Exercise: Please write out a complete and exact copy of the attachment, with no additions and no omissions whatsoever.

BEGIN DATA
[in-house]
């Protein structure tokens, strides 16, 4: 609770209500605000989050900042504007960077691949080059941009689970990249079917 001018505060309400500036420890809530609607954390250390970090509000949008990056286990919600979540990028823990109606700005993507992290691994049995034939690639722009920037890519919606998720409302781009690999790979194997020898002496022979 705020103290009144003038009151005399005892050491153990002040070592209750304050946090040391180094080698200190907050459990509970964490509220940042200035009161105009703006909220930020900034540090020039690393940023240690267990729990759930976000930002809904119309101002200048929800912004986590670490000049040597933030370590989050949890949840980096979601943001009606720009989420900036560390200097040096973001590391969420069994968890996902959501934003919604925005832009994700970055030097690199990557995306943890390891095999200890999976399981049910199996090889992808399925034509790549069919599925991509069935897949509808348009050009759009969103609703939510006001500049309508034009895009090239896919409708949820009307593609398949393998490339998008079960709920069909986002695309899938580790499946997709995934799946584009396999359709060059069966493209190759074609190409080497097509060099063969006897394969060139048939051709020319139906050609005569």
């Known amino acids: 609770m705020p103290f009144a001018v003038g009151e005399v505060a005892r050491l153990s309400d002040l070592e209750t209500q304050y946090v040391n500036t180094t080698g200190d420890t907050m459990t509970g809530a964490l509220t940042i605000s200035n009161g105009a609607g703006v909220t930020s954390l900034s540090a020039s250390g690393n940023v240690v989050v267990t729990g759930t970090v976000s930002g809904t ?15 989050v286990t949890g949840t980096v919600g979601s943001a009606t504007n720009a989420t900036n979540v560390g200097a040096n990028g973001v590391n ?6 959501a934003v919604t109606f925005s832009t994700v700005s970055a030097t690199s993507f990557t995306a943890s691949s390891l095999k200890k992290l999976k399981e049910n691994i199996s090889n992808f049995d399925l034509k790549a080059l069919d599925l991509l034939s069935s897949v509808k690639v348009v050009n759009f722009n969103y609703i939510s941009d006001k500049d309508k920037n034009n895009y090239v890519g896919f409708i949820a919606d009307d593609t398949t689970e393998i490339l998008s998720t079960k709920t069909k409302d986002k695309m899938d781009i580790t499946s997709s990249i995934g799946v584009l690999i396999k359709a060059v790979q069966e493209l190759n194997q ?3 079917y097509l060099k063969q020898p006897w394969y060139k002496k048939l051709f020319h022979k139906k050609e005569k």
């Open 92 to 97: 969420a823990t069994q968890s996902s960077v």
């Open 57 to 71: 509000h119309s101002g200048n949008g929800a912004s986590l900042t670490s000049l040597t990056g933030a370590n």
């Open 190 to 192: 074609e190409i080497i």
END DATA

[in-house]
């Protein structure tokens, strides 16, 4: 609770209500605000989050900042504007960077691949080059941009689970990249079917 001018505060309400500036420890809530609607954390250390970090509000949008990056286990919600979540990028823990109606700005993507992290691994049995034939690639722009920037890519919606998720409302781009690999790979194997020898002496022979 705020103290009144003038009151005399005892050491153990002040070592209750304050946090040391180094080698200190907050459990509970964490509220940042200035009161105009703006909220930020900034540090020039690393940023240690267990729990759930976000930002809904119309101002200048929800912004986590670490000049040597933030370590989050949890949840980096979601943001009606720009989420900036560390200097040096973001590391969420069994968890996902959501934003919604925005832009994700970055030097690199990557995306943890390891095999200890999976399981049910199996090889992808399925034509790549069919599925991509069935897949509808348009050009759009969103609703939510006001500049309508034009895009090239896919409708949820009307593609398949393998490339998008079960709920069909986002695309899938580790499946997709995934799946584009396999359709060059069966493209190759074609190409080497097509060099063969006897394969060139048939051709020319139906050609005569």
């Known amino acids: 609770m705020p103290f009144a001018v003038g009151e005399v505060a005892r050491l153990s309400d002040l070592e209750t209500q304050y946090v040391n500036t180094t080698g200190d420890t907050m459990t509970g809530a964490l509220t940042i605000s200035n009161g105009a609607g703006v909220t930020s954390l900034s540090a020039s250390g690393n940023v240690v989050v267990t729990g759930t970090v976000s930002g809904t ?15 989050v286990t949890g949840t980096v919600g979601s943001a009606t504007n720009a989420t900036n979540v560390g200097a040096n990028g973001v590391n ?6 959501a934003v919604t109606f925005s832009t994700v700005s970055a030097t690199s993507f990557t995306a943890s691949s390891l095999k200890k992290l999976k399981e049910n691994i199996s090889n992808f049995d399925l034509k790549a080059l069919d599925l991509l034939s069935s897949v509808k690639v348009v050009n759009f722009n969103y609703i939510s941009d006001k500049d309508k920037n034009n895009y090239v890519g896919f409708i949820a919606d009307d593609t398949t689970e393998i490339l998008s998720t079960k709920t069909k409302d986002k695309m899938d781009i580790t499946s997709s990249i995934g799946v584009l690999i396999k359709a060059v790979q069966e493209l190759n194997q ?3 079917y097509l060099k063969q020898p006897w394969y060139k002496k048939l051709f020319h022979k139906k050609e005569k």
């Open 92 to 97: 969420a823990t069994q968890s996902s960077v």
């Open 57 to 71: 509000h119309s101002g200048n949008g929800a912004s986590l900042t670490s000049l040597t990056g933030a370590n």
């Open 190 to 192: 074609e190409i080497i």